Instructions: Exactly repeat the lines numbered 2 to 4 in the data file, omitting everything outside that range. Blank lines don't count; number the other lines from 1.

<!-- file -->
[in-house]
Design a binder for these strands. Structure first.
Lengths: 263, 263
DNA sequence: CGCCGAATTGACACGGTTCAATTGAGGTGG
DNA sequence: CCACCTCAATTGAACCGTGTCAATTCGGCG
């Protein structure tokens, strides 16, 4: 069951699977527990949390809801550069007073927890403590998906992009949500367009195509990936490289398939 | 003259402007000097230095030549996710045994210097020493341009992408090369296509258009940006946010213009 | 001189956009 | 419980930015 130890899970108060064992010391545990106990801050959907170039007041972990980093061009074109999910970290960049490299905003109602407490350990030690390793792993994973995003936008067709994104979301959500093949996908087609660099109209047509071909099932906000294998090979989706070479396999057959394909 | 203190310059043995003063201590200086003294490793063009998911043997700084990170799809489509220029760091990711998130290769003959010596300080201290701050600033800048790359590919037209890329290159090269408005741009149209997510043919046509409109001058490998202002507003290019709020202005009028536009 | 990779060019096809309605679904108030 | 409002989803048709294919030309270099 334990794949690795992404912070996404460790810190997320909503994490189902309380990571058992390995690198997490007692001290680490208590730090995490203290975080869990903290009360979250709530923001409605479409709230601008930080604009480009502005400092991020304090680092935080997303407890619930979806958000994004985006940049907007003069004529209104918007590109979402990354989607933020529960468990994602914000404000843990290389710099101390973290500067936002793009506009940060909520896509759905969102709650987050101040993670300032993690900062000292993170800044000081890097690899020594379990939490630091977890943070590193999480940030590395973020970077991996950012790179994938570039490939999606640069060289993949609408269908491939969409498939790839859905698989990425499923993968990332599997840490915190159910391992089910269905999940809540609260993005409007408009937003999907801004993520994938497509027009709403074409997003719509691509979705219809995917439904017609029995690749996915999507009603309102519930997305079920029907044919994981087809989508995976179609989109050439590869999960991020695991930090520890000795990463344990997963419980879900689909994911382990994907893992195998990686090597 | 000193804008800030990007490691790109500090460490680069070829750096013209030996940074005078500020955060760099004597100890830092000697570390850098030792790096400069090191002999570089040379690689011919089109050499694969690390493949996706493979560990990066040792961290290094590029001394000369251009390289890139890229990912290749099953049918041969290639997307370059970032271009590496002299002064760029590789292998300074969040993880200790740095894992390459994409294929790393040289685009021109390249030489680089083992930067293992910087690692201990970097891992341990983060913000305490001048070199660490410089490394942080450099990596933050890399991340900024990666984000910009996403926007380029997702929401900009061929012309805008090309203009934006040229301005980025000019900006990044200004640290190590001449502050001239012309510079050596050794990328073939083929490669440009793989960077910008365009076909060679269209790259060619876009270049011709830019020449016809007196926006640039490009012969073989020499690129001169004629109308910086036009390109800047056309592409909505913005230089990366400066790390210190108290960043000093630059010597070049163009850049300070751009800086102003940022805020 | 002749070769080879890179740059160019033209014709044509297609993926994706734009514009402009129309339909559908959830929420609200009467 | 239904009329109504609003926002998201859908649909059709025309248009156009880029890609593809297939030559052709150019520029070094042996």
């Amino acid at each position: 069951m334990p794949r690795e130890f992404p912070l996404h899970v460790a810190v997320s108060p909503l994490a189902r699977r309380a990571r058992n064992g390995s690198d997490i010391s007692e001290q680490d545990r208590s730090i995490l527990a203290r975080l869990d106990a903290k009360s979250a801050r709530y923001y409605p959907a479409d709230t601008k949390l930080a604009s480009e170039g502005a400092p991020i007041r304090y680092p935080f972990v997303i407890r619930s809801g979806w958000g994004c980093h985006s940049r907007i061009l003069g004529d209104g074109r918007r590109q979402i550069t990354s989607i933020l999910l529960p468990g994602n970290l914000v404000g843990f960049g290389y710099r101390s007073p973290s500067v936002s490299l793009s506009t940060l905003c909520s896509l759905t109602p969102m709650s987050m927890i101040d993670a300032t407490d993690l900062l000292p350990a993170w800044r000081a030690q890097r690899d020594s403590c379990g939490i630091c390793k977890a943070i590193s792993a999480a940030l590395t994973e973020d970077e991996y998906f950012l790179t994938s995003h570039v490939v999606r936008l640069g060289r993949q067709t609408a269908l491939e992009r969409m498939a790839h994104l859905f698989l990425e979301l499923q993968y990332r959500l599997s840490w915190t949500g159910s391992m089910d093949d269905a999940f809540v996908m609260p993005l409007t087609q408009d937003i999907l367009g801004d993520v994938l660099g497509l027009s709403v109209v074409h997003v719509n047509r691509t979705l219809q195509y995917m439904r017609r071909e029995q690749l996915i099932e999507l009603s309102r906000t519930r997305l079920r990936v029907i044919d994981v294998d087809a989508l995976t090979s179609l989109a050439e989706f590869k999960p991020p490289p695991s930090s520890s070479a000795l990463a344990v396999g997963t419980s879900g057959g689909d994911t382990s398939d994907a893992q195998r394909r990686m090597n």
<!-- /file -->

Design a binder for these strands. Structure first.
Lengths: 263, 263
DNA sequence: CGCCGAATTGACACGGTTCAATTGAGGTGG